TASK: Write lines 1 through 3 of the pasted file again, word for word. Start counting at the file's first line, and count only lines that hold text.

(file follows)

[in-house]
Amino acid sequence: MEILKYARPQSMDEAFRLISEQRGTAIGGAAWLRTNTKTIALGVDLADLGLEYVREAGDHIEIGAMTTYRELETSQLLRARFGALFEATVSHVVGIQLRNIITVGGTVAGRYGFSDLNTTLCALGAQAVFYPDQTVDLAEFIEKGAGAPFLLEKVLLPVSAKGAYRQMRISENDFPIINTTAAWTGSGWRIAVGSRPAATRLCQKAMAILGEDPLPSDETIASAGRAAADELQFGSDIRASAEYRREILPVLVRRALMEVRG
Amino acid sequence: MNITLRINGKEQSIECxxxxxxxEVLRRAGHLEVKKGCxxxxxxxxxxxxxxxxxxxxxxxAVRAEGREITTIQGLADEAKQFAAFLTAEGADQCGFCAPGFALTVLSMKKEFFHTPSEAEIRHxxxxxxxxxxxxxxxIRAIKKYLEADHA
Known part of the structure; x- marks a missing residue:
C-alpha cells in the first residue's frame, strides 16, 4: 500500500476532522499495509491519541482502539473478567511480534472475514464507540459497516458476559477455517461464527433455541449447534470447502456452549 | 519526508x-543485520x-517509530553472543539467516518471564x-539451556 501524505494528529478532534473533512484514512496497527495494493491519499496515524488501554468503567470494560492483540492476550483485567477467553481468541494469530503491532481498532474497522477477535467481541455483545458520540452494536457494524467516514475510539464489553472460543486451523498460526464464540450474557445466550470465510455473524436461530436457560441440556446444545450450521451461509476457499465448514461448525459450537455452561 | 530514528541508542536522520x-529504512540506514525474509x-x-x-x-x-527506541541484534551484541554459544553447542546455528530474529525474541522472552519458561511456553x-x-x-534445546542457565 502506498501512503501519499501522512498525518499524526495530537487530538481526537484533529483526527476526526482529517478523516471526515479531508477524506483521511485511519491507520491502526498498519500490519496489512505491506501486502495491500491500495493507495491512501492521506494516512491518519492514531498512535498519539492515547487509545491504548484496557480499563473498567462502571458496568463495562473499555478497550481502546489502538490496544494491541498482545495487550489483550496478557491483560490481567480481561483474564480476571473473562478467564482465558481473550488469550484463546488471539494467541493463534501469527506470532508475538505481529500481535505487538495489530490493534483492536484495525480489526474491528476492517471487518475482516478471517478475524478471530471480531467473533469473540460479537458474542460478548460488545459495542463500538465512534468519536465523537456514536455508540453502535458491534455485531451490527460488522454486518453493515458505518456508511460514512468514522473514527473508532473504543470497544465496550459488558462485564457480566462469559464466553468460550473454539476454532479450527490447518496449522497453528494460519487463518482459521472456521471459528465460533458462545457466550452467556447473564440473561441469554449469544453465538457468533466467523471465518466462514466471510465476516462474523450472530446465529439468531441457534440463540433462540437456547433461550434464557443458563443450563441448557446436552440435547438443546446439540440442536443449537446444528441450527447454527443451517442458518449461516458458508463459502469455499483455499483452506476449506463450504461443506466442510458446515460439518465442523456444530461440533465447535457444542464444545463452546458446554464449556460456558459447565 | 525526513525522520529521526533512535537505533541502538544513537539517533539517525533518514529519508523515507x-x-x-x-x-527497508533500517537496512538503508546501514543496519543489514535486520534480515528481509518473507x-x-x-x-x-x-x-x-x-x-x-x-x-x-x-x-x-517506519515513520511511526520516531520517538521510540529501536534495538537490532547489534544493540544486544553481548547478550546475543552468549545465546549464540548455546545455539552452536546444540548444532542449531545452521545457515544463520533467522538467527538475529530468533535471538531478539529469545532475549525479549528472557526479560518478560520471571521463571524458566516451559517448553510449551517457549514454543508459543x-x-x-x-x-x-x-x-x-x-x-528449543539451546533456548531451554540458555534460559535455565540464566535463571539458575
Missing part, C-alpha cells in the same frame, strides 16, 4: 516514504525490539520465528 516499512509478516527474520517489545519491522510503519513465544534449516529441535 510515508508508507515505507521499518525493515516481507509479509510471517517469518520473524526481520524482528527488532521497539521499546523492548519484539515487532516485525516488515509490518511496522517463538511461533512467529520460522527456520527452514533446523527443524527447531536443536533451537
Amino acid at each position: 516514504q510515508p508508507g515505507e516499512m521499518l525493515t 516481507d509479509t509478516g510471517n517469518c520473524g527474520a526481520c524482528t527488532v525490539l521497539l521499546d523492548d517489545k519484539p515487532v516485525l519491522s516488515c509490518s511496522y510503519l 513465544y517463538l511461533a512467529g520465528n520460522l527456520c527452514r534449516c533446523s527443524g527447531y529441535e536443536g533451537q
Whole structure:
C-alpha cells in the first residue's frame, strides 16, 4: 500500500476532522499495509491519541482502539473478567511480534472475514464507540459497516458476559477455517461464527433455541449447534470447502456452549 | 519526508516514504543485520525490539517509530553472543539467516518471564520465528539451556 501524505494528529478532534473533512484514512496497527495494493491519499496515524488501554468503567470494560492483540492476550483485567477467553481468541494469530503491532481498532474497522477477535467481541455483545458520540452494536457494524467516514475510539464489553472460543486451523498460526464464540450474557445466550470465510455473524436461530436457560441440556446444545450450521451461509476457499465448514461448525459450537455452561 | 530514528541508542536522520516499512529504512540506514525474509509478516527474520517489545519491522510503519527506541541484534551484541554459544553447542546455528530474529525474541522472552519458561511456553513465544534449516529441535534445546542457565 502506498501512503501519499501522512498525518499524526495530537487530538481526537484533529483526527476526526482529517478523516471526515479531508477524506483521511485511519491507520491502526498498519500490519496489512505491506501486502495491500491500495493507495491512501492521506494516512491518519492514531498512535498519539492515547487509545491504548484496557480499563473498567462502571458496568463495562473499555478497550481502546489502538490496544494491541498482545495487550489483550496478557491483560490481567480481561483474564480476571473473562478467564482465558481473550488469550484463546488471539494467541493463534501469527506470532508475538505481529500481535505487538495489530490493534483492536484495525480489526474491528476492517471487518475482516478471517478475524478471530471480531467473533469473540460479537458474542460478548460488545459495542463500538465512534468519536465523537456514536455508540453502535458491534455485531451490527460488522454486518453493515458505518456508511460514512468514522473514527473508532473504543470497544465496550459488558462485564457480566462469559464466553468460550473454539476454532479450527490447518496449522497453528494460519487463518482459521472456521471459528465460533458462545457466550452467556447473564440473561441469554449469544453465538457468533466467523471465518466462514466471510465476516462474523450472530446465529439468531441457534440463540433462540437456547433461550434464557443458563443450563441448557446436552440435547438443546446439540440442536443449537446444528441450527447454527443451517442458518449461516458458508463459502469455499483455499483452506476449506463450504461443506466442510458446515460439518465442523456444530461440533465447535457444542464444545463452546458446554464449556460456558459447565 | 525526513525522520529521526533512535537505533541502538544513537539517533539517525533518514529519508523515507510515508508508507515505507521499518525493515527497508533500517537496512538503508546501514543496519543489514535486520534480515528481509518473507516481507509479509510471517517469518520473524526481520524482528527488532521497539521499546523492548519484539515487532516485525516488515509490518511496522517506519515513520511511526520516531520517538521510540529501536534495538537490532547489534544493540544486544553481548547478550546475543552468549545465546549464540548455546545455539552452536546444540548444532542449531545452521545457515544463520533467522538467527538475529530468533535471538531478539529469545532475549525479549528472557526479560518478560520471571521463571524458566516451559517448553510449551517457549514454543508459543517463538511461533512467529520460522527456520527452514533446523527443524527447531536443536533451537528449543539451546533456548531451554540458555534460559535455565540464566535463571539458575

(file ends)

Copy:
[in-house]
Amino acid sequence: MEILKYARPQSMDEAFRLISEQRGTAIGGAAWLRTNTKTIALGVDLADLGLEYVREAGDHIEIGAMTTYRELETSQLLRARFGALFEATVSHVVGIQLRNIITVGGTVAGRYGFSDLNTTLCALGAQAVFYPDQTVDLAEFIEKGAGAPFLLEKVLLPVSAKGAYRQMRISENDFPIINTTAAWTGSGWRIAVGSRPAATRLCQKAMAILGEDPLPSDETIASAGRAAADELQFGSDIRASAEYRREILPVLVRRALMEVRG
Amino acid sequence: MNITLRINGKEQSIECxxxxxxxEVLRRAGHLEVKKGCxxxxxxxxxxxxxxxxxxxxxxxAVRAEGREITTIQGLADEAKQFAAFLTAEGADQCGFCAPGFALTVLSMKKEFFHTPSEAEIRHxxxxxxxxxxxxxxxIRAIKKYLEADHA